And then you tackled BLM with Laz Alonso, who plays Mother’s Milk on the show.

I really love that conversation. It was just so personal and authentic and emotional. I think these are important stories to tell and we feel that it’s an important conversation to have, and to peg it to the real world in a way that helps people see that this is stuff we’re still working on, and we’re going to continue to work on as a culture. Not everybody is reading the newspaper every day, right? Not everybody’s marching and organizing, but these are conversations that need to be had everywhere, in every corner of our culture. And this is a great way for us to do it. I think we really believe in what the show is trying to do.

It’s refreshing because I think this space — comics and gaming — has been closed off to people of color, especially Black women for a while now. Is that something you’ve had to confront?

I was a very nerdy kid. I was two heads taller than everybody else in my grade. I was the only Black kid in my school until I was maybe 15 and I felt really isolated. And nobody liked the stuff I liked. The narrative of Black kids and girls is you don’t like that kind of stuff. You’re weird that you like that kind of stuff. For younger people, and especially for women of color, for queer kids, I want the kids who feel isolated to know, not just that there are people like them, but that it’s okay to be who they are; that they could point to somebody and be like, well, she’s doing it, so I can do it too, because I didn’t really have those examples when I was growing up. I really felt just very isolated. But weird kids make iconoclastic adults. So to look around and see it’s not weird that I’m a gamer. It’s not weird that a Latino kid loves heavy metal or a little Asian kid loves punk. We do a lot of gatekeeping in nerd culture. I think it’s getting better, but nerd culture should be about embracing exactly the things that make you different and really celebrating them. So for people to be able to see a Black woman who games and loves comic books, hosts a show, and have it be validating for them, I think is really important. I wish I had that when I was a kid.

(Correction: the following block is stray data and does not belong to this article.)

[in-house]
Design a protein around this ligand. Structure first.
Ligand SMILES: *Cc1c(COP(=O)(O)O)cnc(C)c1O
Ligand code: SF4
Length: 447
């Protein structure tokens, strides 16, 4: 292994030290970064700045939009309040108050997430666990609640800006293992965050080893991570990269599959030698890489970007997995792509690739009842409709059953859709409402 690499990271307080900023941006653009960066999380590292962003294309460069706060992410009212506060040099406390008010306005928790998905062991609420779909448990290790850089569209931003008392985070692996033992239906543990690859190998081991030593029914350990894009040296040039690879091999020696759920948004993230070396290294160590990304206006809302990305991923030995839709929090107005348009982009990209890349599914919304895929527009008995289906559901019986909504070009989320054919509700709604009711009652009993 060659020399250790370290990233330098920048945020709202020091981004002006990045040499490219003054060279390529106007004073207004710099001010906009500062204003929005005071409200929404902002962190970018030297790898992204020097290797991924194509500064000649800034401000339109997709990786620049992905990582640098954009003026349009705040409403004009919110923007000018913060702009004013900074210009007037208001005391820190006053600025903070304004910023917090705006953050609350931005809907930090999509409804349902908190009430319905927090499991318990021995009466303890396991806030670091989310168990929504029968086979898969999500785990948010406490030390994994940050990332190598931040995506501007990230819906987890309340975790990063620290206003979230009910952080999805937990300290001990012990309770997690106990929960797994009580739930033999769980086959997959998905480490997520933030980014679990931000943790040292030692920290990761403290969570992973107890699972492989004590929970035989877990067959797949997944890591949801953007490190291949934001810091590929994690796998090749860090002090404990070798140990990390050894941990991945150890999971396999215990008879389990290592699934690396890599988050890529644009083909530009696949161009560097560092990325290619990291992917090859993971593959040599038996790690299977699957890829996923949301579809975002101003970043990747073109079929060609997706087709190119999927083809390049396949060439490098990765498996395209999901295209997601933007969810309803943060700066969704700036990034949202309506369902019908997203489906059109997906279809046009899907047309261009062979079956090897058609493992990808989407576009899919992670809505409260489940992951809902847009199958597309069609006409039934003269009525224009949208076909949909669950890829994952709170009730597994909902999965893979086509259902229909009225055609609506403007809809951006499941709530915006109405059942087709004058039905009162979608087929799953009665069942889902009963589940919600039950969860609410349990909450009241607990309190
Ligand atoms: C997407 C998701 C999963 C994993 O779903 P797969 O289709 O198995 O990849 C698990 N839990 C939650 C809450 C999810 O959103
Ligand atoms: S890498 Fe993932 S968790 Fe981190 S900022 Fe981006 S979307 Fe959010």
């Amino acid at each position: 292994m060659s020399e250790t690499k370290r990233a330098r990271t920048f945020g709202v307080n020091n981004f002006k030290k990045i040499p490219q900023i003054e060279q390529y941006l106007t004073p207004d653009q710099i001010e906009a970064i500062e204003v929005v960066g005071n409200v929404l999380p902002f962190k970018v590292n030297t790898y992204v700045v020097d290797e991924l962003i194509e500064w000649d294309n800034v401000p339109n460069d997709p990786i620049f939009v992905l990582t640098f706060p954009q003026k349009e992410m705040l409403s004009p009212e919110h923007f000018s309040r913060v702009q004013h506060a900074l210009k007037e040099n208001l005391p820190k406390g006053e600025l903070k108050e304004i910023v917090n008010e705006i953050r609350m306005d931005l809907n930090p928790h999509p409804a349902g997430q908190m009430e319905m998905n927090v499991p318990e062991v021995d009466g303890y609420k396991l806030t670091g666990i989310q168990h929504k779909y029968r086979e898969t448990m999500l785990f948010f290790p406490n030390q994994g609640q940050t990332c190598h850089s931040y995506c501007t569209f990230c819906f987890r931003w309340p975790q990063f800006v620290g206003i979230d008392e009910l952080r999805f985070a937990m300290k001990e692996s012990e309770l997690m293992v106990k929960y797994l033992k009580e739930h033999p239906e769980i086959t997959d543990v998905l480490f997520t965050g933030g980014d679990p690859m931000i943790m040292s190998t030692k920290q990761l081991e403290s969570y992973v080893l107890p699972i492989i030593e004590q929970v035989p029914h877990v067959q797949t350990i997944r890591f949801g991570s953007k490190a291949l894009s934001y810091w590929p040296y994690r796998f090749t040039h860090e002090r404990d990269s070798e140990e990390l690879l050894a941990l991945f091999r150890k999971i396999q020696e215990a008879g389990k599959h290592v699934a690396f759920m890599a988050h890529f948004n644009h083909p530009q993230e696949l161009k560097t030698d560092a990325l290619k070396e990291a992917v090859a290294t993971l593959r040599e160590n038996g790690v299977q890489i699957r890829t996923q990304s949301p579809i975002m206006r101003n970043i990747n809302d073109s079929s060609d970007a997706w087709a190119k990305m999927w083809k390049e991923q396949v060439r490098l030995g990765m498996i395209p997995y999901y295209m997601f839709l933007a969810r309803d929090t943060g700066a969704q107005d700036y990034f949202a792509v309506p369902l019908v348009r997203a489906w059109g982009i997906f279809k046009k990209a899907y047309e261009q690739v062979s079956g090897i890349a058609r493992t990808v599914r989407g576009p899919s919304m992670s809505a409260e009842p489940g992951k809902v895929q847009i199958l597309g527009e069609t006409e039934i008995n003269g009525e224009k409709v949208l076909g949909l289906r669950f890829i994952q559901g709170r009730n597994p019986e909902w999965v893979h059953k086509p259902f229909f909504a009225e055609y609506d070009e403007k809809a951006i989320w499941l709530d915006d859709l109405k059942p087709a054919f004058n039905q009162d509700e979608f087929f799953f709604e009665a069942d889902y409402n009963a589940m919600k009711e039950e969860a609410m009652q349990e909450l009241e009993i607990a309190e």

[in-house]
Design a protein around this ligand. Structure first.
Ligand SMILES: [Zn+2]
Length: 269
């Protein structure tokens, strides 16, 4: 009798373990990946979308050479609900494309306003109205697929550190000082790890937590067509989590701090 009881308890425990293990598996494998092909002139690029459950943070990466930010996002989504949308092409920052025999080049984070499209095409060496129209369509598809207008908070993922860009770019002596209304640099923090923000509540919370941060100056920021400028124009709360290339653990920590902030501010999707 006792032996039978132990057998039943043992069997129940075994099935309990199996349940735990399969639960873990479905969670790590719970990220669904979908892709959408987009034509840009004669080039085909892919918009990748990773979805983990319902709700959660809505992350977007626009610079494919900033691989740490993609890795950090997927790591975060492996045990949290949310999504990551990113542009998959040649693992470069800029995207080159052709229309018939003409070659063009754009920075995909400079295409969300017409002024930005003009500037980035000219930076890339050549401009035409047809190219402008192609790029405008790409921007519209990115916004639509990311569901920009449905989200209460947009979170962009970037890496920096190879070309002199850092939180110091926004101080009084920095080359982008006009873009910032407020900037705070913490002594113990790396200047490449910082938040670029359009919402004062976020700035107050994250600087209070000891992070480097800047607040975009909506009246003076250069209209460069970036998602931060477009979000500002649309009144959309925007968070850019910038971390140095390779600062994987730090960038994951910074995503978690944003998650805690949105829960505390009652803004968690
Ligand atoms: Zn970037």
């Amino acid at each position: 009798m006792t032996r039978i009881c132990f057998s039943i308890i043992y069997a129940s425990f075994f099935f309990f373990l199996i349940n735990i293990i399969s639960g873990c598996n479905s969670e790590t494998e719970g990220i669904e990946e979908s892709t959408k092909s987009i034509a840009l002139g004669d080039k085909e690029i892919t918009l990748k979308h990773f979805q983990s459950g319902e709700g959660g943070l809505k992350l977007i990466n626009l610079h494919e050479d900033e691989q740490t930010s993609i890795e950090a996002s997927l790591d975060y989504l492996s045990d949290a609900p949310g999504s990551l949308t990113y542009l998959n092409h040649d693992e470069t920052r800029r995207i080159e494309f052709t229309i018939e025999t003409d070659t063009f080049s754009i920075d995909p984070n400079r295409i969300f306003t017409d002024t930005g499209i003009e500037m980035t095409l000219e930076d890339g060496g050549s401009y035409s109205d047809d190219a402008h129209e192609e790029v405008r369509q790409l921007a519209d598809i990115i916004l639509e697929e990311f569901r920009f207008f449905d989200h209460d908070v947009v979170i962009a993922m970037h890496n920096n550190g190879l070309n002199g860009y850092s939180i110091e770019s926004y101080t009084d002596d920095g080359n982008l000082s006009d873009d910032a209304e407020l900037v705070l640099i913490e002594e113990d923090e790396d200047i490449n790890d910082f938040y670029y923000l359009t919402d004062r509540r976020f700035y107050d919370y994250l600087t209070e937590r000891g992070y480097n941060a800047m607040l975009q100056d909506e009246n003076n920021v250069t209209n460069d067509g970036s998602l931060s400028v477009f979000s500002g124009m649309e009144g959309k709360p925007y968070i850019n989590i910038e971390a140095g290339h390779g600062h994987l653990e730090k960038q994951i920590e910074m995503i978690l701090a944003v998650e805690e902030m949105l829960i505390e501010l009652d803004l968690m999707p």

You’re on another show, Archer, that’s done this as well, but do you think The Boys might crossover into gaming in the future?

You know, it’s so interesting because some of the games that we love have been turned into film properties, and most of the time it doesn’t work because gaming is so immersive, right? I mean, I played 300 hours of Fallout 3 and there’s just no way a TV show or a movie can mimic that experience. You really want it to be complimentary. I think this is a property that definitely could go in open world and be really, really fun. It’s hard because it’s so granular, so character-driven, you’d want campaign, but I don’t know that campaign would be as satisfying as watching the show. So you’d want it to have some open-world components. I would want like a big, console, rich, visual game with a dope campaign and lots of open-world, off campaign tasks and stuff to do — like cool little side missions.

That sounds like a pretty good one-sheet to me.

That was my elevator pitch.

And for The Boys after show? Is the pitch: Great conversations and then, ya know, weird sh*t?

[Laughs] We want to give you an enhanced Boys experience, so you’re definitely going away with something that you didn’t know, maybe something that you didn’t want to know.

There’s the tagline.

Amazon Prime is streaming new ‘The Boys’ episodes on Fridays.